译者：金殊羽 & 李蕾
校对：王宇琪 & 张松
策划：李蕾 & 何翔宇
The Best Life Possible
Living with chronic illness is hard. But there are psychological techniques that make it possible to thrive even when ill.
‘Don’t let what you can’t do interfere with what you can do.’
John Wooden (1910-2010)
NCAA basketball coach
Before Donna got her diagnosis, she thought of herself as a musician, a busy professional, a volunteer, a mother, a grandmother. After she got her diagnosis – Parkinson’s disease, at age 58 – she thought of herself as a patient. The time she used to spend engaging in the things that gave her life meaning was eaten up by doctor’s appointments, diagnostic tests and constant monitoring of her symptoms, her energy, her reactions to medication. Her sense of loss was profound and undeniable.
Unfortunately, Donna’s experience is all too common. Heart disease, arthritis, multiple sclerosis, diabetes, depression, cancer, asthma, Crohn’s disease, cystic fibrosis, autoimmune disorders, fibromyalgia, chronic fatigue syndrome, Lyme disease: the list goes on. I would guess that most people know someone close to them who is suffering from one of these debilitating chronic conditions, if not struggling with a diagnosis themselves. Globally, three in five deaths are attributed to one of four major diseases – cardiovascular disease, chronic lung conditions, cancer or diabetes. Moreover, approximately a third of adults suffer from multiple chronic conditions, wreaking untold havoc on healthcare systems and economies across the globe. In developed countries, it might be closer to three in four older adults who suffer from multiple conditions. The proportion of patients with four or more diseases is expected to almost double between 2015 and 2035 in the UK alone. Frighteningly, these statistics don’t even account for chronic illnesses in children, which are on the rise. In sum, this means that billions of people are, at best, not functioning at their highest level and, at worst, are severely debilitated, living limited lives, and requiring chronic medical care.
The bigger questions of how to prevent these illnesses or resolve this global health crisis are beyond me. I am not an epidemiologist, public health expert, economist or even a physician. However, as a clinical psychologist, I see many people trying to navigate the daily vagaries of chronic afflictions. I’ve worked with people who have been diagnosed with various forms of cancer, Parkinson’s, cystic fibrosis, Lyme disease, obesity, all manner of cardiovascular diseases, multiple sclerosis, brain injuries, paralysis and many other illnesses. Naturally, I also see people on a regular basis who are dealing with chronic mental health issues, such as depression, anxiety, trauma, bipolar disorder and so forth. The causes of these conditions are varied and multifaceted. The underlying factor for all of them, however, is that, in the absence of a cure, people want to live the best life they possibly can, regardless of their affliction or disability. While each person and each condition presents its own set of challenges, there are some unifying principles in helping people who are suffering from chronic illnesses to live better, more meaningful lives. In my practice, I approach these issues from a therapeutic perspective known as acceptance and commitment therapy, or ACT (said as the word, not the acronym). I encourage anyone dealing with similar issues to learn about this approach, as it has been helpful to my clients and countless others.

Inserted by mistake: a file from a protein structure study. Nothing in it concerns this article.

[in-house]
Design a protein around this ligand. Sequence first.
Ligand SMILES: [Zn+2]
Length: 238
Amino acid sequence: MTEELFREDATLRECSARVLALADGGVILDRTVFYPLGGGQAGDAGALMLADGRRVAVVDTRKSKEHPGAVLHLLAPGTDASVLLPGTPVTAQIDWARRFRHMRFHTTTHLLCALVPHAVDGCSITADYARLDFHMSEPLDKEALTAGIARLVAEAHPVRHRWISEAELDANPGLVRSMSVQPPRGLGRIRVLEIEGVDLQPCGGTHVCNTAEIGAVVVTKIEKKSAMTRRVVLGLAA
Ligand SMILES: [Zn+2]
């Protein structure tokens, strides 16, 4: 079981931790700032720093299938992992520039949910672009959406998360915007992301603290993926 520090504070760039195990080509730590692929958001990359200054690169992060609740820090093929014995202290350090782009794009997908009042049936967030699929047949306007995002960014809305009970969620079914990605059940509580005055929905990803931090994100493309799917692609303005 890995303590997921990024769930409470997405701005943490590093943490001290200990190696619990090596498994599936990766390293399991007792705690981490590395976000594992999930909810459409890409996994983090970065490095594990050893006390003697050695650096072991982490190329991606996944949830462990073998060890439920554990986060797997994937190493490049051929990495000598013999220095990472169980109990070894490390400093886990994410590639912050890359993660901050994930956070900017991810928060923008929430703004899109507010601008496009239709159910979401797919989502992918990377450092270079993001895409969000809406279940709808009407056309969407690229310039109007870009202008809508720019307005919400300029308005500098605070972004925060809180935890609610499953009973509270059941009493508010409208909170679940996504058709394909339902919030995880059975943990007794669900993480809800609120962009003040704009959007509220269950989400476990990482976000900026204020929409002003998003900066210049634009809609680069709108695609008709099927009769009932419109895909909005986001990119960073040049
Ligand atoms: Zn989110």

Generally, living as rich and meaningful a life as possible when you are struggling with a chronic illness requires a great deal of psychological flexibility. With chronic illness, rigidity in your thinking and behavior is the greatest barrier to living well with your illness. The only thing you can count on is the fact that you never really know what your day is going to look like, and that things are always changing. How are you going to feel today? This morning? Later this afternoon? What will you be able to do? How much rest will you need? How clear will your head be? How much pain will you have at any given moment today? How bad will the medication side-effects be? Planning – for anything – can be an excruciatingly difficult task and, since we are typically creatures of routine, we hang on to those routines as much as we can. This is generally a good thing – we like structure and predictability, but chronic illnesses can make this quite challenging, and sometimes impossible.